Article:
I was devastated. But there’s no success without rejection, so I decided to treat it as an opportunity.
In 2014, I went into the casting relaxed and more self-assured. It just felt right: I was myself and in the moment, even samba-dancing on request. I remember being a few minutes from the airport on my way to Brazil when my agent called me and told me to turn around because I had been cast in the show. I guess that’s why they say third time’s the charm. When I got to the show, I cried. My dream had come true. Today, with 12 magazine covers under my belt, the blessing of working with major editors like Carine Roitfeld, and many campaigns later, I’m now in a position where I can significantly help my family — my sisters and my parents. It's been surreal to be able to buy them a new house, for example, and I was able to bring all of the best items (clothes, diapers, necessities) for my niece when she was born. I know not everyone gets to do this, so I make sure not to take anything for granted.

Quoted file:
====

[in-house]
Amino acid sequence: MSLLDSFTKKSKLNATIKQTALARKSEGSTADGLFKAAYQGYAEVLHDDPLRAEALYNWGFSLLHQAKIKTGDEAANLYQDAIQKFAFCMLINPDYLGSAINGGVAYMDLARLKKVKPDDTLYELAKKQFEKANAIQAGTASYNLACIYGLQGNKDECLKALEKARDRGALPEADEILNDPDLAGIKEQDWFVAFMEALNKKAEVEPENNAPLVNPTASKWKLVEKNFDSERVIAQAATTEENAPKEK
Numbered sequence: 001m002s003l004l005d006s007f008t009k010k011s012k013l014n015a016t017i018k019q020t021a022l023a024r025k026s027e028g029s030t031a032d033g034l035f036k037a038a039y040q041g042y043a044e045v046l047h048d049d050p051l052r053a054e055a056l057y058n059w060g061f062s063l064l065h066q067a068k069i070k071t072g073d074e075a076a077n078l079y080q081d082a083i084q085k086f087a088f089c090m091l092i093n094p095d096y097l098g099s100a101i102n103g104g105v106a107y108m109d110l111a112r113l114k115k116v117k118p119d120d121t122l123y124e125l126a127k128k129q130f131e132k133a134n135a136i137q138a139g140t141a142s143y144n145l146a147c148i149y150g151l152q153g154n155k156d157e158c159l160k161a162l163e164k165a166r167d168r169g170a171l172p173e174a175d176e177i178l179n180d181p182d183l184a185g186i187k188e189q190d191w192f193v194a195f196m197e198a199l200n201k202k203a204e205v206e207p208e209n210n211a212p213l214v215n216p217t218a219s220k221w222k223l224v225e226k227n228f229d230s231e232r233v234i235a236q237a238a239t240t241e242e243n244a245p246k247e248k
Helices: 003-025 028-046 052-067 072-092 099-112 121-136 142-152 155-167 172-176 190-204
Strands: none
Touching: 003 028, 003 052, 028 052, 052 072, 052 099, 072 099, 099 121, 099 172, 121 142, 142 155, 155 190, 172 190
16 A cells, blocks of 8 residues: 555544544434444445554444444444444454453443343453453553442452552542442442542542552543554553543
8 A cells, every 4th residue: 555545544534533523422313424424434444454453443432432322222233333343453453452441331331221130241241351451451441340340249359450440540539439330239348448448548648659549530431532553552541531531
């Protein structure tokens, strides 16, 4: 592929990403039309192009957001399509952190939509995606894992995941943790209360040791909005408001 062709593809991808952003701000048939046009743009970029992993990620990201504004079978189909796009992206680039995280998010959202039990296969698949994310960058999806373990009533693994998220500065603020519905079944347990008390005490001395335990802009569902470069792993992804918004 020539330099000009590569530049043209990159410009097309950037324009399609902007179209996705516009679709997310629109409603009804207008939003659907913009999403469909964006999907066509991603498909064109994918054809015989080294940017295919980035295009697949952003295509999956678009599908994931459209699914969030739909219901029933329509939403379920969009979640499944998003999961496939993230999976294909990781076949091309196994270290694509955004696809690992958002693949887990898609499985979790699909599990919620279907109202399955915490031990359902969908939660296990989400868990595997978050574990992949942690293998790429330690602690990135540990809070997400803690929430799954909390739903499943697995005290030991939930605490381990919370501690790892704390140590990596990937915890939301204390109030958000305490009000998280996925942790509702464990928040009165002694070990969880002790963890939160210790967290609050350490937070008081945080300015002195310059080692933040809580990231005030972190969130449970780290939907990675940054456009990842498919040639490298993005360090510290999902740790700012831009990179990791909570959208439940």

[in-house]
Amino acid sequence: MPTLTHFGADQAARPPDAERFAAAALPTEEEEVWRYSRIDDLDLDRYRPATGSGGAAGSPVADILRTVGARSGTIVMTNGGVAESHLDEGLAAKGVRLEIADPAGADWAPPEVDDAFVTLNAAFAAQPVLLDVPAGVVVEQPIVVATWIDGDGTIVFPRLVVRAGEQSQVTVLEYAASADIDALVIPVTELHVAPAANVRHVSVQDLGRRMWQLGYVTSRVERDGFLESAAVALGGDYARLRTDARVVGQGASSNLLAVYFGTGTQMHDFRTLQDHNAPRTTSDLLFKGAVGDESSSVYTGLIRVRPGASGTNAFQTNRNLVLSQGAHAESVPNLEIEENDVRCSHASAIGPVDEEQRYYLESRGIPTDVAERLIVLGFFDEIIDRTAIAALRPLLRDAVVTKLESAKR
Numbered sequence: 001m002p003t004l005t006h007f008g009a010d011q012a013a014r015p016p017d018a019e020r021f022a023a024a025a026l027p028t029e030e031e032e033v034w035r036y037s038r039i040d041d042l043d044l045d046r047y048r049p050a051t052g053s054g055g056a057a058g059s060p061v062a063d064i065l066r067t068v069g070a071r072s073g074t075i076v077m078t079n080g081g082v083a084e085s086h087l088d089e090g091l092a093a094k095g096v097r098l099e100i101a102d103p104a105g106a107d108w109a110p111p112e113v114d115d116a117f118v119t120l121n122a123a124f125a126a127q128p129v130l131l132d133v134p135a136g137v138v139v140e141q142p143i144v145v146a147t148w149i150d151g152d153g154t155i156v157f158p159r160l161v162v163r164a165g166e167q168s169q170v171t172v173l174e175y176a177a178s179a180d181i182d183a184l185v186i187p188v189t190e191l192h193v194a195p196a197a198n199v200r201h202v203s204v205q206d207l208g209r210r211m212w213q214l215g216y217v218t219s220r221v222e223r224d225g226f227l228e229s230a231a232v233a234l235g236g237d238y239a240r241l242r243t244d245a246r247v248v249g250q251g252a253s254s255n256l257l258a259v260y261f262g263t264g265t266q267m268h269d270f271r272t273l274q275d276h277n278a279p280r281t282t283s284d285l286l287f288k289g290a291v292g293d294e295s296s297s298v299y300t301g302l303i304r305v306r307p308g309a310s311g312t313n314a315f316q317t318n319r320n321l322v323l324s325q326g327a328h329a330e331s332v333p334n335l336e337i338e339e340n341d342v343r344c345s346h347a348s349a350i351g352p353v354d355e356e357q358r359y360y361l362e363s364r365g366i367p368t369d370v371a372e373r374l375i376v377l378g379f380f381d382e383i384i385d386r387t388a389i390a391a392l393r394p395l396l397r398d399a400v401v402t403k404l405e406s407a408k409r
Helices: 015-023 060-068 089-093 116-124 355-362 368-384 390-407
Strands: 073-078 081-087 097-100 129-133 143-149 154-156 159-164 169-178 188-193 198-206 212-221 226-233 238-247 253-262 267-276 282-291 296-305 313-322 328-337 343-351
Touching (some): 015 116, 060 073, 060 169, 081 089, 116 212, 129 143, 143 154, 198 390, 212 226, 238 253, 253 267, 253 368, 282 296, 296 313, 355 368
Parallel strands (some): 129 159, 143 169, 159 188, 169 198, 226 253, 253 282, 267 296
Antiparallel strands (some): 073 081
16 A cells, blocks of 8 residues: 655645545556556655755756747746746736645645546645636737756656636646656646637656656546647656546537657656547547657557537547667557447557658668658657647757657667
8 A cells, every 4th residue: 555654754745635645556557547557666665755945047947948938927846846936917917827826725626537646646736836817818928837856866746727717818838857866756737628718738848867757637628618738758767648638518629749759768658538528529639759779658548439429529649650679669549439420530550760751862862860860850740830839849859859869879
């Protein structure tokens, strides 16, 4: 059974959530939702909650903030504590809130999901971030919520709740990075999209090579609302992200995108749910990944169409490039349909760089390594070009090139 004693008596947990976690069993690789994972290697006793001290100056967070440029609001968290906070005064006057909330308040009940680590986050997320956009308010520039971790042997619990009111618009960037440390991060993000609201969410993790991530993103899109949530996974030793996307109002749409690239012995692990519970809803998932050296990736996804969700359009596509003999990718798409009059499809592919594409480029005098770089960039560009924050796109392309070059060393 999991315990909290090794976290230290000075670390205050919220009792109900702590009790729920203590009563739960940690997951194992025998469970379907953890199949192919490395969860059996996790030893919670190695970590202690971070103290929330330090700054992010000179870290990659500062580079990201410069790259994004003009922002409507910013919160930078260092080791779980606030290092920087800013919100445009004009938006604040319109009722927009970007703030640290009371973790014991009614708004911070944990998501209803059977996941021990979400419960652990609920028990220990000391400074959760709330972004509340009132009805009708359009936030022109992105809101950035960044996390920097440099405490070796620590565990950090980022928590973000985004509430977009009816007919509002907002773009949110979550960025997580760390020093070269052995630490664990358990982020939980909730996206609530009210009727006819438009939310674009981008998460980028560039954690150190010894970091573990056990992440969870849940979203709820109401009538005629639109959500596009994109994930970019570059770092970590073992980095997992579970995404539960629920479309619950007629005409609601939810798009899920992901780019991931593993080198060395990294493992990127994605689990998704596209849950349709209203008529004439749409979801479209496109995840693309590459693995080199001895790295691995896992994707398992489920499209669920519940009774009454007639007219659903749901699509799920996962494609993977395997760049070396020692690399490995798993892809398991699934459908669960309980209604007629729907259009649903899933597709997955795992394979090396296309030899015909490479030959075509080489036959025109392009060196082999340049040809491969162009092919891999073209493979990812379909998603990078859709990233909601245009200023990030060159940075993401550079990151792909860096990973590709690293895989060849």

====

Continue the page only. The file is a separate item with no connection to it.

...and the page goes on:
Being cast this year to walk in Paris came at a pivotal time, as American politicians focused on highlighting differences and stoking fears, especially when it came to immigration. I reflected on my time in this country — often appreciating all of the opportunities afforded to me, as a Brazilian living in New York, by my agency, by designers around the world, and by the fashion industry as a whole. This year will be my third time walking in the show, and I have such a great appreciation for the core team (Ed Razek, Monica Mitro, Sophia Neophitou, and John Pfeiffer) for believing in my ability to convey the confidence and sexiness that represent the Victoria's Secret brand. Speaking of what's considered "sexy," I'm aware of the lack of body diversity when it comes to the fashion industry. Especially in the lingerie world. But I'm glad that's changing. At home, I was considered too thin, and it's very easy (especially in this industry) to look at your body in warped ways because of the way people scrutinize you. But Victoria's Secret is changing that; I love that every year, there are more types of looks on the runway (shoutout to my pal Maria Borges, who rocked the hell out of the show [with her natural hair]). Still, we have to be careful not to make other young women believe that beauty or sexuality comes in only one package, even as a model in a business that tends to cast only one look. It's been a long journey, but somehow it still feels like the beginning. I know that as the lights shine, the cameras roll, and I step onto the runway once again, I will still have butterflies in my stomach. And I’m not sure those things will ever go away, or that I want them to. After all, I’m blessed to be living the American dream. Had I stayed in Brazil, I would never have been afforded the opportunity to earn an income doing work that I love. And I hope every immigrant gets the chance I did. That very idea is what brought me to New York without my family, not knowing the language — and ultimately, it’s what gets me out of bed every single day.